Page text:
Hon. Folks, APM’s unenviable task in 2016 is to make Malawians believe in the patriotism of accepting continued impoverishment with grace.
It’s an agenda well articulated in his New Year message in which he acknowledged that 2015 was a year of “hunger, pain and suffering” then singled out as a milestone our ability to survive and manage with “our locally generated resources” following donor withdrawal of budgetary support in the wake of the Cashgate scandal in 2013.
“This is a reason for national pride for every patriotic Malawian who aspires for our economic sovereignty,” APM is quoted as saying in an abridged version of the speech as published in The Sunday Times of January 17.
Our President wants us to believe we are patriotic citizens if we can embrace and cherish that we somehow managed to survive in 2015 even when the donor pull-out was aggravated by the combined effect of prolonged draught and devastating floods.
But as El Niño begins to show signs that 2016 may be another year of hunger and increased poverty, I’m sure the President is also beginning to see the challenge inherent in a people who survive only to suffer deprivation. A hungry person is an angry person, so they say.
We may not rule out the possibility that some people indeed see our survival without budgetary support amid “hunger, pain and suffering” as a sign that economic sovereignty is possible without aid.
Faith leaders who carelessly mix the controversial issue of same sex relations with aid would probably have not championed the call for donors to take their aid, go home and leave us alone if they thought total withdrawal of aid would lead to their imminent death and that of their children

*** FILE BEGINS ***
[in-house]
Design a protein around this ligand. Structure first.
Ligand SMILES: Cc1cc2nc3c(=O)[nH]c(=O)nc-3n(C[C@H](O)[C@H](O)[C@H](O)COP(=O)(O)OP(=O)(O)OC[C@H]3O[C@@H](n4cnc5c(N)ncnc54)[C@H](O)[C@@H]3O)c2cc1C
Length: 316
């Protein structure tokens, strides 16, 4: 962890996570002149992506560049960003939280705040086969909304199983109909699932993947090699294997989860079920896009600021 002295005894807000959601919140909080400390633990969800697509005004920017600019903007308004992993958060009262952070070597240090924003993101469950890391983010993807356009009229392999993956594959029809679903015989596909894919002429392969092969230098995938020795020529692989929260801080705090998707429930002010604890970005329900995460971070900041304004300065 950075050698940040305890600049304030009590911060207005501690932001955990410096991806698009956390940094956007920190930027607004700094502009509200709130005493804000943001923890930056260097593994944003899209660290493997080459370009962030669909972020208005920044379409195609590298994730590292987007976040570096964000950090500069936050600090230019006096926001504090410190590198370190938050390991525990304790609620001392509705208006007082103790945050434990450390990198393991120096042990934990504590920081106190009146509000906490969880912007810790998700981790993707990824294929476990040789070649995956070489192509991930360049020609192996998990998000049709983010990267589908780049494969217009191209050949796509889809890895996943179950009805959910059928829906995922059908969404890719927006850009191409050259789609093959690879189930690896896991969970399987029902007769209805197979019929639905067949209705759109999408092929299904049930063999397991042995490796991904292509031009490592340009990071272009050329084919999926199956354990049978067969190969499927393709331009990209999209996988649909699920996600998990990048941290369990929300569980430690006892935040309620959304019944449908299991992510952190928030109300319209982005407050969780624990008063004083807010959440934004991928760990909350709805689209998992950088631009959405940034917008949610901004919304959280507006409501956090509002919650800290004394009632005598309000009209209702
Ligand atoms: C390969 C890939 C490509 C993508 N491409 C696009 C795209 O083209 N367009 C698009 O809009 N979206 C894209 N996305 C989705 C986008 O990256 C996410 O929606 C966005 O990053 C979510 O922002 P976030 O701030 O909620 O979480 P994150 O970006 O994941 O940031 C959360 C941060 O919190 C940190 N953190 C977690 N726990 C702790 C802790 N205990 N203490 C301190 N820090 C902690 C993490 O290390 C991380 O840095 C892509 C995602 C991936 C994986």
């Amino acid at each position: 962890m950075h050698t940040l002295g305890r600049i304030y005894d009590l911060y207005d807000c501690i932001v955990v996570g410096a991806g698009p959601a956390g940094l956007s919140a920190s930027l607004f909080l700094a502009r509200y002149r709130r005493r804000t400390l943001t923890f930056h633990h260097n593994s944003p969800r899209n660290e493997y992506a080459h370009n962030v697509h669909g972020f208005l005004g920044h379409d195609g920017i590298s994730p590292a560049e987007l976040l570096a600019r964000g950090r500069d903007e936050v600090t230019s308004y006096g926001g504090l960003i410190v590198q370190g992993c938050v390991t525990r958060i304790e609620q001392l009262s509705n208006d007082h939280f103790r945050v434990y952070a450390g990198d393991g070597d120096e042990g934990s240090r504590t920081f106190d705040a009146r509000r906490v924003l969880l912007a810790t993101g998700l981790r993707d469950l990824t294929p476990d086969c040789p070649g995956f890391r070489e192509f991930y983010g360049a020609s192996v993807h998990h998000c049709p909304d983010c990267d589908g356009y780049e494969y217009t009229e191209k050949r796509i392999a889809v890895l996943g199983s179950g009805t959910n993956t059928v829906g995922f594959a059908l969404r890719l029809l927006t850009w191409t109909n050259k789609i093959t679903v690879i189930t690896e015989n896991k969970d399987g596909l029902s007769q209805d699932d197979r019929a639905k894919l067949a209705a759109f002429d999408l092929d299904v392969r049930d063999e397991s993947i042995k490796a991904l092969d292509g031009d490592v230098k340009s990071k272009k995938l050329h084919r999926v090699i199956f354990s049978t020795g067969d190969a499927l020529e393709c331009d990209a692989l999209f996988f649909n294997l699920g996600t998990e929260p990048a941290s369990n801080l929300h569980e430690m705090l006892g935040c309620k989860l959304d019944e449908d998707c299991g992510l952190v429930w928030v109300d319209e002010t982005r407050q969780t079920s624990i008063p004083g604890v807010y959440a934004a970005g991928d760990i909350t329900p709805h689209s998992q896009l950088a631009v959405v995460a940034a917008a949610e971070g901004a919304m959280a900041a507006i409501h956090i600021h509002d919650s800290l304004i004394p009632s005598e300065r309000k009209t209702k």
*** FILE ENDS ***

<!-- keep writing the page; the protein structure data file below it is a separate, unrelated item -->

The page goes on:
In APM’s own admission, 2.8 million Malawians faced imminent death from starvation in the aftermath of last year’s floods and drought.
Our contribution towards mitigating the devastating impact of the tragedy on life and well-being was a small percentage of what was contributed by donors.
But in a country where close to 30 percent of the gross national income is made of donor aid, it should take little convincing that it’s nothing but a political yarn to talk about economic sovereignty when the economy is not generating enough wealth to close the deficit.
The economy grew by a mere 3 percent last year against an overtly optimistic projection of 6 percent growth rate.
Yet, the curse of incumbency isn’t just in being judged for the bad and ugly that come, stay or go on your watch. It’s also in facing up to the opposition, often the beneficiary of the protest vote even without having to work hard for it.
Could this be the reason Hetherwick Ntaba–a medical doctor who’s equally, if not more, adept at spin-doctoring–has been added to the legion of presidential advisers?
Except for the two-year Joyce Banda stint, Ntaba has served as a spin-doctor for all the other former presidents–Kamuzu Banda, Bakili Muluzi and Bingu wa Mutharika–always coming in when there is a big political hurdle to surmount.
He made a name as ‘the computer’ at a time Kamuzu needed good spin-doctor to help him defend the one-party dictatorship. Ntaba did that although Kamuzu lost anyway.
Muluzi used Ntaba to help him stay beyond the two consecutive five-year terms. Ntaba did the job with a passion. Unfortunately, Muluzi lost anyway.
Bingu used Ntaba from the word go, first to fight a hostile opposition and later to defend the bad laws and other horrible policies that characterised Bingu’s short second-term. Ntaba did all he could with a passion.
Unfortunately, his efforts did not help in making a president who garnered the highest of votes in multiparty Malawi turn into the most loathed president overnight. At the time of his sudden death in April 2012, Bingu had a 60-day ultimatum to step down or face mass protests. He had also been dumped by development partners.
Will Ntaba help rally the people behind APM’s difficult agenda at the time when economic hardships that started with Bingu’s zero-deficit budget have worsened under the so called zero-aid budget?
APM should focus more on restoring confidence in the people that government is serious about tackling corruption which is eroding 30 percent or more of public revenue. He should also take reforms to the level where they translate in bringing efficiency in government.
You don’t bank on spin-doctors to make a bad story good. Rather, they make a good story better. I hope Ntaba knows this. Otherwise, he’ll fail again in his role as a presidential spin-doctor.